Busy huricane season predicted

Wednesday 03rd Aug 2011 by theWeather Club

The US National Oceanic and Atmospheric Administration (NOAA) is predicting a busy hurricane season this year. According to their calculations the Atlantic basin is expected to see above-normal hurricane activity, according to the seasonal outlook issued by NOAA's Climate Prediction Centre.

Across the entire Atlantic Basin for the six-month season NOAA is predicting the following ranges; 12 to 18 named storms (winds of 39 mph or higher), of which 6 to 10 could become hurricanes (winds of 74 mph or higher), which includes 3 to 6 major hurricanes (Category 3, 4 or 5; winds of 111 mph or higher). Each of these ranges has a 70% likelihood, and indicate that activity will exceed the seasonal average of 11 named storms, six hurricanes and two major hurricanes.

According to NOAA analysts several climate factors considered for this potential increased activity are:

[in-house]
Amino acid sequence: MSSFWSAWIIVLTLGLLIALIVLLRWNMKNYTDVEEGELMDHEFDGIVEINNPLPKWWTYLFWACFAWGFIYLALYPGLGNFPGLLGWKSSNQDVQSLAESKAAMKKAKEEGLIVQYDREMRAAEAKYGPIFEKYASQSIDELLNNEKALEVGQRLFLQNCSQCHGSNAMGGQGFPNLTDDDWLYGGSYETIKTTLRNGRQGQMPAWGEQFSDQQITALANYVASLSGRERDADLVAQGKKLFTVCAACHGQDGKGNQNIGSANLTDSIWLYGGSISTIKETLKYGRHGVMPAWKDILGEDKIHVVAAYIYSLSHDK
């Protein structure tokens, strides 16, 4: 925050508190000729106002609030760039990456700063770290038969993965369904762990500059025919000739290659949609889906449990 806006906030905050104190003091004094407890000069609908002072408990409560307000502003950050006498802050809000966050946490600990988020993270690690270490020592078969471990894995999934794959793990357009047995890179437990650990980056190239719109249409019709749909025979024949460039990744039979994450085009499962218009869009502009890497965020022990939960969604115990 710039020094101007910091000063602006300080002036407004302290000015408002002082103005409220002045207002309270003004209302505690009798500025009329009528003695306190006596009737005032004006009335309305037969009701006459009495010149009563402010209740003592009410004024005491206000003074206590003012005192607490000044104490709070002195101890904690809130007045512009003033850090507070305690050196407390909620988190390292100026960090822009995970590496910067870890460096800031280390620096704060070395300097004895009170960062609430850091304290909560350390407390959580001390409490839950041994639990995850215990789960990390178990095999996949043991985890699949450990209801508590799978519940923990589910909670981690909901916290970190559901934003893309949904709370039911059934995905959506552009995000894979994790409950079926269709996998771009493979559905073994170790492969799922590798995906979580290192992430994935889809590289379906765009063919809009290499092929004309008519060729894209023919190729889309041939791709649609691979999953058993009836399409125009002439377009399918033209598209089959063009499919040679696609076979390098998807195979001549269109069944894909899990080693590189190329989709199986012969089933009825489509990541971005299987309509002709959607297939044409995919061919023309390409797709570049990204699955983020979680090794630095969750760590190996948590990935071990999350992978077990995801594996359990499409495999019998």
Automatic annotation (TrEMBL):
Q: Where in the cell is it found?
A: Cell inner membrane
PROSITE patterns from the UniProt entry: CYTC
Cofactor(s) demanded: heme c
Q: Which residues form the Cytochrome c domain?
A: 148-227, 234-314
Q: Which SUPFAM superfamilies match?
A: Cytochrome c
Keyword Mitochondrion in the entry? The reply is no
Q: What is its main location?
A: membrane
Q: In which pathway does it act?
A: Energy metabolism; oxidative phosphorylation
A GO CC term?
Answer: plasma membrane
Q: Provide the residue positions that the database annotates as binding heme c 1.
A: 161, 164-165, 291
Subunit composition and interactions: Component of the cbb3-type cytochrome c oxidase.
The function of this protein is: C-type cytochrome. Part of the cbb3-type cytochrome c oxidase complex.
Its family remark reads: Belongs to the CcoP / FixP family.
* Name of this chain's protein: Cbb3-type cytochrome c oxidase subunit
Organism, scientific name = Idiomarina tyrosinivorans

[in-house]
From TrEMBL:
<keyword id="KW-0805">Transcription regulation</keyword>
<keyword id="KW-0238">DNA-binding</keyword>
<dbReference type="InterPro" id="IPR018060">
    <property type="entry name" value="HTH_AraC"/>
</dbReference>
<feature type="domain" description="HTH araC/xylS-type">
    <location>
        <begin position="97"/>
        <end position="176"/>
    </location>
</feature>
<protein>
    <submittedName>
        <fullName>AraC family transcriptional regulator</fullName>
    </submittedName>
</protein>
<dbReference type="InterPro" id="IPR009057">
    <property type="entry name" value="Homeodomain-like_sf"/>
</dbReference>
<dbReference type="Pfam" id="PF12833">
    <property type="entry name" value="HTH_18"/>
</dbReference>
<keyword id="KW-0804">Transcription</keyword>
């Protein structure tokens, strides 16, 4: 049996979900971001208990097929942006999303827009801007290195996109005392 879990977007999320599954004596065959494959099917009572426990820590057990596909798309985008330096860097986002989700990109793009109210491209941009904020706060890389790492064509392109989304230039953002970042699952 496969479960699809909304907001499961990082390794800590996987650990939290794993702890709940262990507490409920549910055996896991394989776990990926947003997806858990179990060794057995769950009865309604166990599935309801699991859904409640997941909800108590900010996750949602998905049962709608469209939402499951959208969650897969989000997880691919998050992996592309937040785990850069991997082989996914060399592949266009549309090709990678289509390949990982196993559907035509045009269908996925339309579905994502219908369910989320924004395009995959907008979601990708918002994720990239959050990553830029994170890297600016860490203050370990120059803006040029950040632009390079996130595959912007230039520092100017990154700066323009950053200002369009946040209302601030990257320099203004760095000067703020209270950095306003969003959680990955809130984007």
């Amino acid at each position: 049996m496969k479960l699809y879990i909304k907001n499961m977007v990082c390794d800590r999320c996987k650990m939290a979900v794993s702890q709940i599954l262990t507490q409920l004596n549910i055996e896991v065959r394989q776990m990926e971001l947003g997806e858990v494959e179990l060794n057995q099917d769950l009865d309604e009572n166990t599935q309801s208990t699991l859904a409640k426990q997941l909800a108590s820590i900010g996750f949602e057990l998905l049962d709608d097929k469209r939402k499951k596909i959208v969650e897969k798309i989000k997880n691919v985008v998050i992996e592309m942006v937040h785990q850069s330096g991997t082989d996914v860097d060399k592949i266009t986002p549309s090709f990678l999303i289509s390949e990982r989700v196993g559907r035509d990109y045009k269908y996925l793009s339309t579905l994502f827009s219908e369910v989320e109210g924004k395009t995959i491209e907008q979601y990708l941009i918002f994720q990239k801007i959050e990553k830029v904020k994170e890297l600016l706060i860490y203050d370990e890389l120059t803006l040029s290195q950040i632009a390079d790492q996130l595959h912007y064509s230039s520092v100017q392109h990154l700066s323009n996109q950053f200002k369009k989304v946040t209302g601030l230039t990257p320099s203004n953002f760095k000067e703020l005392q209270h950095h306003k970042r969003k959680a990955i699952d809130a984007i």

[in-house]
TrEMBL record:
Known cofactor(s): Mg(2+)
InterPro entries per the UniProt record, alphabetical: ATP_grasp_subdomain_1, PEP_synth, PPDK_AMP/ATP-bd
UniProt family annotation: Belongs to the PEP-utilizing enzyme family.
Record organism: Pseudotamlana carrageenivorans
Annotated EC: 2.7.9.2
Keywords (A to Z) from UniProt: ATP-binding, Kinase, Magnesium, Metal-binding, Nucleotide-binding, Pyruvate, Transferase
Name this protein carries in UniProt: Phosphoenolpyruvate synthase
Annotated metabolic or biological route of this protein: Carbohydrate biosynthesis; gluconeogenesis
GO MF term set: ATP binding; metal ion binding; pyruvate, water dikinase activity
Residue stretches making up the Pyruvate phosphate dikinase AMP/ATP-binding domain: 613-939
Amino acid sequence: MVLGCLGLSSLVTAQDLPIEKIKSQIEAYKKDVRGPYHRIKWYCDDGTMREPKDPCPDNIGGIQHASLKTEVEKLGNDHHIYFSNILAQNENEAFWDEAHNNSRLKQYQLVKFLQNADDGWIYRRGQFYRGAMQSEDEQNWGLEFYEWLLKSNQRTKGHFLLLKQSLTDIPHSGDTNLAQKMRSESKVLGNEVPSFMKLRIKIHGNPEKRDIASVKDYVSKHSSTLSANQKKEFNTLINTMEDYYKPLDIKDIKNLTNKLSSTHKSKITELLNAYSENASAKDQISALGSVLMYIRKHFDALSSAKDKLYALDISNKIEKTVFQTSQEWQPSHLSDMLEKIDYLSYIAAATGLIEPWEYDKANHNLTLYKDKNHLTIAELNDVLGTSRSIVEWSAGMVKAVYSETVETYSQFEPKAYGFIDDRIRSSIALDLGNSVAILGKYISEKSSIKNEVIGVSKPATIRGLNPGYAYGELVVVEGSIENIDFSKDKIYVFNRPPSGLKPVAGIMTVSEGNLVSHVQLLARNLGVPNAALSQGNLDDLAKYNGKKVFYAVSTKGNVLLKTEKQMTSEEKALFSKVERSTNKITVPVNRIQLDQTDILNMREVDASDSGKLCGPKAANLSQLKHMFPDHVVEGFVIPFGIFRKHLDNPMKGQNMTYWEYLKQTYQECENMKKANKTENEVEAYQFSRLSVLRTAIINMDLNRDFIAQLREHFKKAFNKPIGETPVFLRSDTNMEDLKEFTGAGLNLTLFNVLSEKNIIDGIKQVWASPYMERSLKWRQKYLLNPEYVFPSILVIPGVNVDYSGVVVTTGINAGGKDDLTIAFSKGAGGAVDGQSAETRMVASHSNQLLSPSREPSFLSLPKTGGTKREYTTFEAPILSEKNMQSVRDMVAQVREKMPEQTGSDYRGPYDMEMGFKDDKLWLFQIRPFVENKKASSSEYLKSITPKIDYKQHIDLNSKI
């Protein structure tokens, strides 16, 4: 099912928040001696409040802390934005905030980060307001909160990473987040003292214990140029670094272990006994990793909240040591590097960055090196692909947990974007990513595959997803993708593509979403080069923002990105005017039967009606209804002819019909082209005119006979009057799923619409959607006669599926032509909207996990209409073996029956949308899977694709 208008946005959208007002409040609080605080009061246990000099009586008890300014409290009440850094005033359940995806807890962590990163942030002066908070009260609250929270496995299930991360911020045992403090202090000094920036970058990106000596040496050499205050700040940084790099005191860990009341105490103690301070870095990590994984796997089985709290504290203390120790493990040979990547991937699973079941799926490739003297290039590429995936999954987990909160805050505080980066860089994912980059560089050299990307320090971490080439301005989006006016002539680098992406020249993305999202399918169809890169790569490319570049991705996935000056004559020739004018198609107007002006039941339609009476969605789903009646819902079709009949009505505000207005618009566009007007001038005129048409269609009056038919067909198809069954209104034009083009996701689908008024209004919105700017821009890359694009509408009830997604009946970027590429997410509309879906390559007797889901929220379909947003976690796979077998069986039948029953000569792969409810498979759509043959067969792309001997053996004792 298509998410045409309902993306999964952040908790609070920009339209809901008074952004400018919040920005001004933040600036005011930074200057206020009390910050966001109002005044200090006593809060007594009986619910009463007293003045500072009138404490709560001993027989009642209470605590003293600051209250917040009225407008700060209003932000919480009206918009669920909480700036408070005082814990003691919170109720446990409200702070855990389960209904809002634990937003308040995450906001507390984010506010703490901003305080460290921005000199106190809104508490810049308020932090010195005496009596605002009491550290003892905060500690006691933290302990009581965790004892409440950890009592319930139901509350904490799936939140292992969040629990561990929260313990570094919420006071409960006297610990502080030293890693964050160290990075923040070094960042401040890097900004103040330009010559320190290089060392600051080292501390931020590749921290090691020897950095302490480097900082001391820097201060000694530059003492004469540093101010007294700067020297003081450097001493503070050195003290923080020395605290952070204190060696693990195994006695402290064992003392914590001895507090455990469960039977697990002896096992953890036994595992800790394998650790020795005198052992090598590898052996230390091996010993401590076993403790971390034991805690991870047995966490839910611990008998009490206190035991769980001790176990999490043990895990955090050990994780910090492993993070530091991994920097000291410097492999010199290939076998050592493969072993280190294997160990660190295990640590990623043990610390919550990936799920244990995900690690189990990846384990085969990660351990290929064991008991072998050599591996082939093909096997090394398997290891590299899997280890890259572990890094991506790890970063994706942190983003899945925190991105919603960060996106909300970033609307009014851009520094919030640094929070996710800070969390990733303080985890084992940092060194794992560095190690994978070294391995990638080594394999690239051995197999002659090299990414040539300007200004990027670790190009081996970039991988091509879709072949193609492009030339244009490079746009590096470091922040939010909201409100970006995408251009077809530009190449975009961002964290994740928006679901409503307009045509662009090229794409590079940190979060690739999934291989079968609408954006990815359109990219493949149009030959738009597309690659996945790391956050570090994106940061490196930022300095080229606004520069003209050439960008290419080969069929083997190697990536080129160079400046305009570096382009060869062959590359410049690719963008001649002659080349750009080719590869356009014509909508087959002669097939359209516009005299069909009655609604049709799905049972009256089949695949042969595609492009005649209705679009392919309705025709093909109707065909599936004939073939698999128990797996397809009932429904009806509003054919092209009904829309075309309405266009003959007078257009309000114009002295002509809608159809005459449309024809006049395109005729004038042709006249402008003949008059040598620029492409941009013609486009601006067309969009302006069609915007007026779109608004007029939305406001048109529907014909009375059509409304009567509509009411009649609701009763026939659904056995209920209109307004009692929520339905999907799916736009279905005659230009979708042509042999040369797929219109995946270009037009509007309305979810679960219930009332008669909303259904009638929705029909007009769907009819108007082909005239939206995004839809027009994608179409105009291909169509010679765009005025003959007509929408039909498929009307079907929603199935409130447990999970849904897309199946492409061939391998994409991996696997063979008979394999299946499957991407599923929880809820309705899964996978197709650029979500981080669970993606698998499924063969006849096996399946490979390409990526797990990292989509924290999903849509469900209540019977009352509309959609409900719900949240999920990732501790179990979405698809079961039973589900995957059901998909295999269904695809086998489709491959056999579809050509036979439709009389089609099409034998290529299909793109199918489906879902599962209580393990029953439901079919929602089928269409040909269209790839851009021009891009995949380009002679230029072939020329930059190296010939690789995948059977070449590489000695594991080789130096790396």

Warm Atlantic Ocean water. Sea surface temperatures where storms often develop and move across the Atlantic are up to two degrees Fahrenheit warmer-than-average.

The continuing high activity era. Since 1995, the tropical atmospheric patterns have brought ocean and atmospheric conditions conducive to storm development into sync, leading to more active Atlantic hurricane seasons.

La Niña, which continues to weaken in the equatorial Pacific Ocean, is expected to dissipate later this month or in June, but its impacts such as reduced wind shear are expected to continue into the hurricane season.

"In addition to multiple climate factors, seasonal climate models also indicate an above-normal season is likely, and even suggest we could see activity comparable to some of the active seasons since 1995," said Gerry Bell, Ph.D., lead seasonal hurricane forecaster at NOAA's Climate Prediction Centre.

However NOAA's seasonal hurricane outlook cannot predict where and when any of these storms may hit. Landfall is dictated by weather patterns in place at the time the storm approaches. For each storm, NOAA's National Hurricane Centre forecasts how these weather patterns affect the storm track, intensity and landfall potential.